31. 31. COMMUNICATION is the key… Patients observing hospital administration/staff:  Interactions (content, tone, manner of what’s said)  Culture (is it supportive?, safe?, respectful?) Patients and family members want to:  Feel listened to,understandinformation and options, be encouraged, engaged, and empowered in their care #medimprov08
    32. 32. Medical ImprovBuilds “Soft Skills” for Communication Collaboration Leadership To support “the sum of all interactions” (the Patient Experience) #medimprov08
    33. 33. Patient Experience Will you tell about how well you were treated, or what was “done” to you while a patient in the hospital? #medimprov08
    34. 34. What does a Medical Improv class look like? #medimprov08
    35. 35. Teaching Strategies  Frame with objectives & brainstorming  Principles of Medical Improv  Games & activities  Debrief, reflection, action plan Notes:  Variables: time, audience, skill focus, complexity…  Expertise in healthcare AND improv #medimprov08
    36. 36. Principles of Medical Improv  “Yes and…” Affirm and add (don’t negate)  Surrender your plan & co-create  See ‘failure’ as opportunity (to learn, be human, forgive, help)  Listen-be present  Avoid questions  You have everything you need!  Support each other #medimprov08
    37. 37. Games & Activities (100s more) Yes and…, Yes but…, No…  Teaching/learning: Assertiveness, listening, collaboration, validation/invalidation & reinforces medical improv principle: “Yes and...” Status Slide, One-Up-Man-Ship  Teaching/learning: Status-related verbal & nonverbal communication, body language, comfort level, self and other awareness, leadership skills, and therapeutic relationships. #medimprov08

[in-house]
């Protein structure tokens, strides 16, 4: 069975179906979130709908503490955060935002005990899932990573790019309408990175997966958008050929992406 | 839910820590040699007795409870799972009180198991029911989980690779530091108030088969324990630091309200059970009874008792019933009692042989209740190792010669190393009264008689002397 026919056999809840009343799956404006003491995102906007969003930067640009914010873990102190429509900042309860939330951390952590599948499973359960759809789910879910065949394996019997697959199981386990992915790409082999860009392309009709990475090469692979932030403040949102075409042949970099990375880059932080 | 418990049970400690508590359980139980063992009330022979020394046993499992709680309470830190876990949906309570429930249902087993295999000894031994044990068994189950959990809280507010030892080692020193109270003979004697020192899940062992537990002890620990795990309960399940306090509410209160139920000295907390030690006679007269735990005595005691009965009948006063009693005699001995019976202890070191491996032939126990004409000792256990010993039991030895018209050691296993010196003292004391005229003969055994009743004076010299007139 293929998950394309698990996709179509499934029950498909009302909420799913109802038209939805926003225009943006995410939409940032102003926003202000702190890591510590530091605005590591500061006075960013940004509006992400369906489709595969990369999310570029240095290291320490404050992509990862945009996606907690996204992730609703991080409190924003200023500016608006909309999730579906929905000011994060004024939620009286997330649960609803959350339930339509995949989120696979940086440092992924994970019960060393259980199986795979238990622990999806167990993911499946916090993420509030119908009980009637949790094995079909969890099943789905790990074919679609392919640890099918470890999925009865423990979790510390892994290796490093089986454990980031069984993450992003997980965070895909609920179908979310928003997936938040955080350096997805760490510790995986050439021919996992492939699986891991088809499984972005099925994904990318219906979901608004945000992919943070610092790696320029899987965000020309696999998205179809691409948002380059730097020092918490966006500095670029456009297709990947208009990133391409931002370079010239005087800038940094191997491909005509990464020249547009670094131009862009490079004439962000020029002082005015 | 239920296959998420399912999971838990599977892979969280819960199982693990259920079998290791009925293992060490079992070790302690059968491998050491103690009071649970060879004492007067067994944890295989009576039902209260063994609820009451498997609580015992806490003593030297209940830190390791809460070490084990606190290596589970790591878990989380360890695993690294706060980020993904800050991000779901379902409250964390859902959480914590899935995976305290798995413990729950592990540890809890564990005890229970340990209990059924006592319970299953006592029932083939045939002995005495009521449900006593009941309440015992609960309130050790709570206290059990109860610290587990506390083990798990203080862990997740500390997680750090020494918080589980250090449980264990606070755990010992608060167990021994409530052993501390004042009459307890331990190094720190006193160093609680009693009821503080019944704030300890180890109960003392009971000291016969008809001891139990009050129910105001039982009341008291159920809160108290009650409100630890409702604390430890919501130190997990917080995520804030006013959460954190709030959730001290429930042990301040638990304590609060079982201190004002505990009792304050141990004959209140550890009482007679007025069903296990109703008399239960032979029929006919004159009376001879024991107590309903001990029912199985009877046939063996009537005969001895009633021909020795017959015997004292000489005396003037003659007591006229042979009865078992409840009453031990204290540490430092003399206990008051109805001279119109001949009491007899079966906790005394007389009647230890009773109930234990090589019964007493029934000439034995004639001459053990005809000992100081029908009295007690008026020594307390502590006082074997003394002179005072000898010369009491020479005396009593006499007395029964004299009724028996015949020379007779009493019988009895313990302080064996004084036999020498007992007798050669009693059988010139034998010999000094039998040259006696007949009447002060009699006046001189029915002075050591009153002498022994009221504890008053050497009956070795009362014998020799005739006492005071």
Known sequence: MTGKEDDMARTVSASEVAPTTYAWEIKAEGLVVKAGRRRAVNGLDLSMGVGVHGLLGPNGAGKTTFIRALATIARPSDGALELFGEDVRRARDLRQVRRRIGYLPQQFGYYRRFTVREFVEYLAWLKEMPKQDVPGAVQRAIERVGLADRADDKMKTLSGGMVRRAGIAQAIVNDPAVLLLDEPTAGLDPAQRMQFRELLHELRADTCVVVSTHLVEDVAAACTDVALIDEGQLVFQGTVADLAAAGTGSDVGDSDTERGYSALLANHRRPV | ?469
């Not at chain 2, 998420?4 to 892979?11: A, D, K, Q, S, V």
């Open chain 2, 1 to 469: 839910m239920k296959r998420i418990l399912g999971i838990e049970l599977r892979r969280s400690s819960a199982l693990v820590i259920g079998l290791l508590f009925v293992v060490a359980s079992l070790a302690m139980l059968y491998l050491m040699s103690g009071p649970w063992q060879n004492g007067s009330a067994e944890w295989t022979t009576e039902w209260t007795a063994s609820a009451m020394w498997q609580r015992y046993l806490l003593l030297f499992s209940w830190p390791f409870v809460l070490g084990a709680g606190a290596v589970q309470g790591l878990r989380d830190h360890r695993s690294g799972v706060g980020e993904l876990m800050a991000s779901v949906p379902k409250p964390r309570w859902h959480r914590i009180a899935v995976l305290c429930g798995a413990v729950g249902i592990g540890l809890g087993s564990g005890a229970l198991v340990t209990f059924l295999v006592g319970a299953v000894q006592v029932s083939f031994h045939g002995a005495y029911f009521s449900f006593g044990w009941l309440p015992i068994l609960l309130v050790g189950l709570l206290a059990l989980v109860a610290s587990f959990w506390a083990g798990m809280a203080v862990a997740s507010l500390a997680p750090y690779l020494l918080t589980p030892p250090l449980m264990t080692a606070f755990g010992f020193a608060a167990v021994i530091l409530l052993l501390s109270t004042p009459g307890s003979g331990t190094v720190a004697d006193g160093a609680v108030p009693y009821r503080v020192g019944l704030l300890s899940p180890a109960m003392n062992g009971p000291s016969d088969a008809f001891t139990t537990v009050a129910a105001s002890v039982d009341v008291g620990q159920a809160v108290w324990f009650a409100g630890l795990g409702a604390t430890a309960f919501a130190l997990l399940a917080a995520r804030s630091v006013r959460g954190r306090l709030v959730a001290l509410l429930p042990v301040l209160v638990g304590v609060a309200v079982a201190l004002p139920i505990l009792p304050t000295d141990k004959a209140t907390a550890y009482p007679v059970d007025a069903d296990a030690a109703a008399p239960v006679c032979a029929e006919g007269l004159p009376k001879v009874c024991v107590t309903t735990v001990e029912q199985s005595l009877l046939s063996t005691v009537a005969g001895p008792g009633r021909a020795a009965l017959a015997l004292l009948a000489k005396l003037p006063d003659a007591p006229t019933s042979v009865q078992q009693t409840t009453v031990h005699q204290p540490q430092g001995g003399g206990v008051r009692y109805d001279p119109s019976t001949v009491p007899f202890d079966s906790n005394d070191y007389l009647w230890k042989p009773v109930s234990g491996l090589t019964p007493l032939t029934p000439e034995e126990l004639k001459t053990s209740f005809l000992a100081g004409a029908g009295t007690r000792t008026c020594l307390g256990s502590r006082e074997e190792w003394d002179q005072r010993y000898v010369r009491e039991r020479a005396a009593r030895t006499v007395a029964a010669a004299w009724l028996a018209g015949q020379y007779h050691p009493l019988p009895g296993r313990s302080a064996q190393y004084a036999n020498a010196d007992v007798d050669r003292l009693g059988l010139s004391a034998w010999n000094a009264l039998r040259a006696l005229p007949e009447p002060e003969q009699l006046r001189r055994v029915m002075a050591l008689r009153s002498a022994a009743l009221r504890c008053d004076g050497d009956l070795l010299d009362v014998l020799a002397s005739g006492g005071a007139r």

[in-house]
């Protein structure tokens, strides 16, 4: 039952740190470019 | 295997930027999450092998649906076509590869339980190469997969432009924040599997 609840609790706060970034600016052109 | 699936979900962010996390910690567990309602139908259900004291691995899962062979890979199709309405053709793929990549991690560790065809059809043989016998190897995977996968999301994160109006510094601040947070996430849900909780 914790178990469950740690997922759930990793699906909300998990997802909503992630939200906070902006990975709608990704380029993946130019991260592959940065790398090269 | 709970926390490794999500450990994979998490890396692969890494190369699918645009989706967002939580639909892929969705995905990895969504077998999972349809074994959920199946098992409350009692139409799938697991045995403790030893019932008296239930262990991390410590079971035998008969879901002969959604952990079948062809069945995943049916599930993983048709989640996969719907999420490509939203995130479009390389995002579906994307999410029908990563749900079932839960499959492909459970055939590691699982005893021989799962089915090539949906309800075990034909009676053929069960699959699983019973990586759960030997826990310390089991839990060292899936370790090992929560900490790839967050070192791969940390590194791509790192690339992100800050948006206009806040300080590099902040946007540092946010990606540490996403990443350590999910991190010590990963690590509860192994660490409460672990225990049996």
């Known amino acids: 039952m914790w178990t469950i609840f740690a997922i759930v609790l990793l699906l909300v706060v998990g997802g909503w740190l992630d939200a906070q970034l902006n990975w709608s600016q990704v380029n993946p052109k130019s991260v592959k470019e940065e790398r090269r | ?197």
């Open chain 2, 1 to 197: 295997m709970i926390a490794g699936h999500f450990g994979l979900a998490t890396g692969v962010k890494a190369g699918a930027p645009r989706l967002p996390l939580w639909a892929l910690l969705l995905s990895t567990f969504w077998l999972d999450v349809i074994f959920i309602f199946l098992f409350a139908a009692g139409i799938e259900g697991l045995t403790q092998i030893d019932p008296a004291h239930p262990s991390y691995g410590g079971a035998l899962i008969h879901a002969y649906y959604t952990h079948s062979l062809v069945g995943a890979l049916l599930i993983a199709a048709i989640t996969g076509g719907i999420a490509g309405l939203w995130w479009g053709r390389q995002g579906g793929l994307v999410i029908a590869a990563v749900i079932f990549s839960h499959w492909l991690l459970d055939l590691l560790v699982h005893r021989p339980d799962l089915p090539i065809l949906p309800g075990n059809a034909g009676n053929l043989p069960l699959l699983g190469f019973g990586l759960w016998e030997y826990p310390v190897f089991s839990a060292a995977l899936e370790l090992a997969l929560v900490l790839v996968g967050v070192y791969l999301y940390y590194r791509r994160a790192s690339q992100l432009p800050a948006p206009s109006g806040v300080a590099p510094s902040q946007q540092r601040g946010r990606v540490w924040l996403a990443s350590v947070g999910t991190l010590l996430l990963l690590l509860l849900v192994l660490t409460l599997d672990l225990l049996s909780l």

38. 38. Like practicing a team sport, Medical Improv elevates each player’s ability to communicate, collaborate, and lead. So when the game starts, individuals and teams are performing at their best. #medimprov08
    39. 39. Unpredictable and fluid, the human interactive aspects of healthcare interventions can emerge in the moment with a positive dynamic that has already been established. #medimprov08
    40. 40. How can you begin to pilot Medical Improv programs? Beth Boynton Stephanie Frederick #medimprov08
    41. 41. "Creative Solutions for Integrating Healthcare" (Stephanie Frederick, M.Ed., RN)  Collaborationacross all disciplines of healthcare (conventional, traditional, complementary)  Medical Improv training coordination to facilitate communication, quality and safety of care in the U.S.  Consultant/Advocatefor engaging and empowering the Patient Experience  Program and Curriculum Development for healthcare organizations and higher education in the U.S. Contact: stephaniefrederick@outlook.com Website: stephaniefrederick.com #medimprov08
    42. 42. Beth Boynton, RN, MS Consulting  Medical Improv workshops  Integrating with ‘Whole Systems’ consulting work  Hospital-based Programs (pilot projects)  Undergraduate curriculum development for of ALL healthcare & related studies  Promote/develop train-the-trainer programs (Professor Katie Watson, Dr. Belinda Fu are planning next one-fall 2014) #medimprov08
    43. 43. Q & A Working Definition: Medical Improv is the study and practice of improv theater philosophy and techniques as applied to the unique challenges and environment of healthcare for the benefit of improved health and well being of providers and patients. --Professor Katie Watson, JD Northwestern University & Belinda Fu, MD, University of Washington #medimprov08
    44. 44. Lauren Dowden laurendowden@ gmail.com Stephanie Draus sdraus@nuhs.edu Edward J. Dunn edwdun@gmail.com Dan Sipp dsipp@nc.rr.com Nancy Smithner ns23@nyu.edu Richard Snyder richardsnyder@me.com Tobias Squier-Roper tobysr@gmail.com #medimprov08
    45. 45. THANK YOU! Beth Boynton confidentvoices.com Beth@bethboynton.com Stephanie Frederick stephaniefrederick.com Stephaniefrederick@outlook.com Judy White theinfusiongroupllc.com Judy@theinfusiongroup.com #medimprov08